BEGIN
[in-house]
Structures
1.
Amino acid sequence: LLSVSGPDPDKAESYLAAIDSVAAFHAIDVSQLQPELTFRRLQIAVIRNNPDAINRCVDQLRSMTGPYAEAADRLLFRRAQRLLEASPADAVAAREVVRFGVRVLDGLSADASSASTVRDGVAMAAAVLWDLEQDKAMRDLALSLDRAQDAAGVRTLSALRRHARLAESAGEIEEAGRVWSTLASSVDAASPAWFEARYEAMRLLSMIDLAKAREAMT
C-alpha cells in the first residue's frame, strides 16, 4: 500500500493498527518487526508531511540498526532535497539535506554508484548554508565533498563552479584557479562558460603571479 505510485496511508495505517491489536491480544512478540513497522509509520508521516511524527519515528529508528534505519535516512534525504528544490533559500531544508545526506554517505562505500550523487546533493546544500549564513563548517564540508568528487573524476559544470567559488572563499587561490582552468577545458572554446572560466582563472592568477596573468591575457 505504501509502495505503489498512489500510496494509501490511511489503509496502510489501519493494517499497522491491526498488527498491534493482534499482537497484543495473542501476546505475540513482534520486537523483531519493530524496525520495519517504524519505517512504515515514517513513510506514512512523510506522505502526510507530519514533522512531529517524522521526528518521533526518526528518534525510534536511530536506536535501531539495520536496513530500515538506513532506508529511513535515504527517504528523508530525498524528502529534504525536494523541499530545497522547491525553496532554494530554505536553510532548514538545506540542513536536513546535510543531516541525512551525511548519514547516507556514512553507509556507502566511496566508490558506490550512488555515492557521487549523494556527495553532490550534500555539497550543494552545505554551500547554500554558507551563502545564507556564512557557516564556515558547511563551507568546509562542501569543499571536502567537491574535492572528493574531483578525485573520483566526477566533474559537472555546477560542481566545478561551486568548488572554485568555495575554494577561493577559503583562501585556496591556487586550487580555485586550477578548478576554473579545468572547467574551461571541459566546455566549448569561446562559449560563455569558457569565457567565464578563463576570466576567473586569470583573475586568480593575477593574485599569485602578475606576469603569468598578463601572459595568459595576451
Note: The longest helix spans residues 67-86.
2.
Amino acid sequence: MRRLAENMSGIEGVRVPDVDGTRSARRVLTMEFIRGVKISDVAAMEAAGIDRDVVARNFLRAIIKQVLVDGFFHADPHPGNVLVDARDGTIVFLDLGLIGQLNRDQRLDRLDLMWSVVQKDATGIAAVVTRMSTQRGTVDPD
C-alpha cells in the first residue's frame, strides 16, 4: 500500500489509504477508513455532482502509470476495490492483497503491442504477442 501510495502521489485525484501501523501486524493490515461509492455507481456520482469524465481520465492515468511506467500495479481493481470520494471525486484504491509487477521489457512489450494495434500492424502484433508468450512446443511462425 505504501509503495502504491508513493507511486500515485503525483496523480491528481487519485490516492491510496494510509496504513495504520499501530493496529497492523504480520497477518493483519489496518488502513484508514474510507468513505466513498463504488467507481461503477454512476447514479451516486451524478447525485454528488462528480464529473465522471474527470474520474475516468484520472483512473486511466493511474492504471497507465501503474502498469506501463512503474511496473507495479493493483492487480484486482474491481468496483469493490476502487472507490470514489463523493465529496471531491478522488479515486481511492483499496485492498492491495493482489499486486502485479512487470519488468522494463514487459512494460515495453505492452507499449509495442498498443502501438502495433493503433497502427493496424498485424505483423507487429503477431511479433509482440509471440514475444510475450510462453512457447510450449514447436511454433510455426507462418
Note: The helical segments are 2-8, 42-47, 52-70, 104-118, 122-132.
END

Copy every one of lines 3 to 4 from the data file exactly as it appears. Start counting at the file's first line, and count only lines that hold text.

1.
Amino acid sequence: LLSVSGPDPDKAESYLAAIDSVAAFHAIDVSQLQPELTFRRLQIAVIRNNPDAINRCVDQLRSMTGPYAEAADRLLFRRAQRLLEASPADAVAAREVVRFGVRVLDGLSADASSASTVRDGVAMAAAVLWDLEQDKAMRDLALSLDRAQDAAGVRTLSALRRHARLAESAGEIEEAGRVWSTLASSVDAASPAWFEARYEAMRLLSMIDLAKAREAMT